Enderbow: An easy first plugin

May 2, 2020
Enderbow: An easy first plugin
  • Introduction
    This guide is aimed at people who are just starting to learn the Bukkit/Spigot API and will attempt to guide them on best practices and learning how plugins work.
    It is primarily for people who already have a basic understanding of Java, if you are reading this without first learning the basics of Java, please first check out some tutorials on that.
    This guide also assumes that all readers are familiar with setting up their dependencies with a build tool or manually by updating the build path.
    If you already have an advanced or intermediate understanding of Java than this guide may be a little slow for you, however it should help to introduce you to plugin development.
    After the guide is reviewed on the forums, I intend to put it on the Wiki under PluginSnippets.
    The format is relatively simple, each section will be summarized briefly, then I will include the code which is fully commented. I would suggest that all readers challenge themselves by reading the code and comments, then attempt to recreate it and customize or change certain aspects. This will help to reinforce your understanding and ensure that you have not misinterpreted what is happening in the code.
    Github repository can be found here.

    Main (The class extending JavaPlugin)
    The main class in your plugin is where everything starts. You can think of it as the heart of your plugin. In this class we want to register any event listeners and take any actions that are required upon starting or stopping your plugin. In the case of this plugin we are going to create our internal Config object for storing variables that server owners can set, create a Logger object for logging important messages to the console, as well as a static instance of our plugin.
    You'll notice at first that several parts are underlined in red when you first create this, that is because we haven't yet created the other classes!
    Note: People are often concerned with statically accessing the plugin instance, please check this thread for more information
    Please visit this Github page to see the code

    This class will contain all of our utility methods. The purpose of this is to make all of these methods easily accessible from anywhere in our code and to improve readability and reuseability. We have declared the entire class as final so that we don't have to worry about anyone extending this class by accident.All methods and constant fields in this class are designed to be accessible anywhere and do not require an instance to function.
    Please visit this Github page to see the code

    Creating an internal config class is essential for efficient clean code. We will use this class to store all variables that can be set from the config.yml. The basic concept is that instead of constantly reading from the file, we read it once upon loading the plugin and then store the values. This is a more efficient method because reading from/writing to files is generally the slowest operation for a computer. Therefore we only read from the file on start up or when requested to by a player using the command to reload the config. We also include a method to save the internal config object and write to file, however we won't be using it in this plugin so its main use would be for other plugins that might access ours.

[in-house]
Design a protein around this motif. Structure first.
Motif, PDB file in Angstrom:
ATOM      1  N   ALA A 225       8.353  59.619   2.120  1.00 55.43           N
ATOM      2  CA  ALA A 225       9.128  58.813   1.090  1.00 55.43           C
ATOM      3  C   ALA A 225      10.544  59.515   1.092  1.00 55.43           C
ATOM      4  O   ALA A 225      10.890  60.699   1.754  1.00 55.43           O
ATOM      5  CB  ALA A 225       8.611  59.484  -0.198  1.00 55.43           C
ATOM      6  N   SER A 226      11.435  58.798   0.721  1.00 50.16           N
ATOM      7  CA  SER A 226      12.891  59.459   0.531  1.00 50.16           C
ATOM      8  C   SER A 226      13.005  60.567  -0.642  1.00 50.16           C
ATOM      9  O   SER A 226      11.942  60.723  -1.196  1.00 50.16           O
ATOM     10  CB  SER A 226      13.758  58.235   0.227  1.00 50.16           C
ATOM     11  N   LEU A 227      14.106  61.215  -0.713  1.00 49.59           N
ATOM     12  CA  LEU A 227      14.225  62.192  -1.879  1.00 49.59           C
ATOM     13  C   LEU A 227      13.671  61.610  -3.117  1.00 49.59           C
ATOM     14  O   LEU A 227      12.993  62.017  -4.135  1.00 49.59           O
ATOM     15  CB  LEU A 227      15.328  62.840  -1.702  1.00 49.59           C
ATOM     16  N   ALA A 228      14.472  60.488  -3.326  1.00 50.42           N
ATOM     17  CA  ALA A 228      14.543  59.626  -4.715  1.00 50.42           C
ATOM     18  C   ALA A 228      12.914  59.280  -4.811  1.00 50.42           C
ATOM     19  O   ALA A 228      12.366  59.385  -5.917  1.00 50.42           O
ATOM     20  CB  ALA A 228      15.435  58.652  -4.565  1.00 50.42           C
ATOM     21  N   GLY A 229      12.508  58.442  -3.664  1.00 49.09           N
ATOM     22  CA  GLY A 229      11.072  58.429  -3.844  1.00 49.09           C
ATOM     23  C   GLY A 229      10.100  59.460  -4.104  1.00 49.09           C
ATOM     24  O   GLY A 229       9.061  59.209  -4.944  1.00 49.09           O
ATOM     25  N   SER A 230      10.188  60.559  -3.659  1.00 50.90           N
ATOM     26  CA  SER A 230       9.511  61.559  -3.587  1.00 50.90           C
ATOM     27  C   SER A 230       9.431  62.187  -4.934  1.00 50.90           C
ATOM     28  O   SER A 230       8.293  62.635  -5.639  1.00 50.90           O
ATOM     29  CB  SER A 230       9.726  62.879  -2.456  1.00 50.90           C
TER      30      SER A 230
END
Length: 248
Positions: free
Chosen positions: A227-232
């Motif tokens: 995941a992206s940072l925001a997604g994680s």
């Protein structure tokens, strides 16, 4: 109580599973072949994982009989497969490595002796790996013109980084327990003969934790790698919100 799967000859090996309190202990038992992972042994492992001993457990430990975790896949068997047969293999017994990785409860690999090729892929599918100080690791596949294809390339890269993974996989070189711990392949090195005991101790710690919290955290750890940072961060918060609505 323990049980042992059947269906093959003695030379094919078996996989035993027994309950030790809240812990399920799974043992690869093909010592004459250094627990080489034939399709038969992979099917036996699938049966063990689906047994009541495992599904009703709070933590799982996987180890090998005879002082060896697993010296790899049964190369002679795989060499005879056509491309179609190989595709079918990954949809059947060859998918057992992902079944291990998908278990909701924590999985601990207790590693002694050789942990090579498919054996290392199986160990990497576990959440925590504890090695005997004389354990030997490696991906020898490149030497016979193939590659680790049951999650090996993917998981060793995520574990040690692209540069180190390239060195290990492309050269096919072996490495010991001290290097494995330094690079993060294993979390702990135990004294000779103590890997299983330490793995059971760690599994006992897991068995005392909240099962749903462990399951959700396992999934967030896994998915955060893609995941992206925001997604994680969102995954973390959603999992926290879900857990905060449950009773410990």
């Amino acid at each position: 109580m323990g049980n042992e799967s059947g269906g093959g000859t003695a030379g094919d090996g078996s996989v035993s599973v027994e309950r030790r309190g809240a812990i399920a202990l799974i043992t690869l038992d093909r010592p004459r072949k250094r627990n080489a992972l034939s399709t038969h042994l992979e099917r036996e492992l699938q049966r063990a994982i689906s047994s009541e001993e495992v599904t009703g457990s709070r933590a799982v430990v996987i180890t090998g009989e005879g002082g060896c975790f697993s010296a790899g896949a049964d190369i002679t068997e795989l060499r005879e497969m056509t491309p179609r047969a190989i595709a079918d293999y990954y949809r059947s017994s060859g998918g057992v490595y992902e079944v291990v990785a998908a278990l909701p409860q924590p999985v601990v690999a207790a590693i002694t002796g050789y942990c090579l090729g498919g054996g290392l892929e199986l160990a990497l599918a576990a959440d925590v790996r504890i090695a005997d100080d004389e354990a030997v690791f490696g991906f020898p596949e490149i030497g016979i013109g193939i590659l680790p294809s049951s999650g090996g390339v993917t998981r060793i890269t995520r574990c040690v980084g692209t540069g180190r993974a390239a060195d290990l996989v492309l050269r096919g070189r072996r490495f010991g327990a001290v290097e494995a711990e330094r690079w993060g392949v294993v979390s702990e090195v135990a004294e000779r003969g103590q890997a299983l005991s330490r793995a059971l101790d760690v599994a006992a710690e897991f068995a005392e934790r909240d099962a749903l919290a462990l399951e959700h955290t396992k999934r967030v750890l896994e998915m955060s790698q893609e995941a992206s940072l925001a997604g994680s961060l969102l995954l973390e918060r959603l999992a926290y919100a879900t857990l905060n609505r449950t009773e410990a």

I've also included the config.yml file that will be created by default so you can see how it is formatted.
    Please see these javadocs for more information on FileConfiguration and ConfigurationSection
    Note: We are currently storing all messages in the main config.yml, however it may be best to have a separate language file or implement a proper Localization pattern.
    Please visit this Github page to see the code

    Please visit this Github page to see the config.yml

    It is best practice to have each command in its own class implementing CommandExecutor. Each time that a player uses the enderbow command, the onCommand() method is activated. Therefore we will go through various steps to check that the CommandSender has permission to execute the command, as well as ensure that the end result can be run for this sender. We will also check if the sender has entered additional arguments and handle those cases.
    Please visit this Github page to see the code

    This is where the "magic" happens, in this class we will actually be shooting an ender pearl whenever the player shoots the bow we created in our createEnderBow() util method. This type of class implements Listener and therefore will "listen" for when an event is called then will run the code that we have specified. In this case we will first be checking if another plugin has cancelled the event, then go through and shoot the ender pearl if all conditions are met.
    Please visit this Github page to see the code

    Now that we have added all of the code required, the last step is to include a plugin.yml file in the root of the directory. This file will be accessed by the server when loading the plugin and will register our command as well as setup some basic information required for plugins.
    For a complete in depth on the plugin.yml, please see this wiki page.
    Please visit this Github page to see the plugin.yml

    Now the only thing left to do is compile the plugin and try it out!
    Please let me know what you thought of the tutorial or if you have any concerns.
    If you have a better way of doing something or want to point out any errors please feel free to do so in the comments below so I can update it.
    The plugin itself can be downloaded from here if anyone is just interested in the plugin itself.

    Original thread can be found here.
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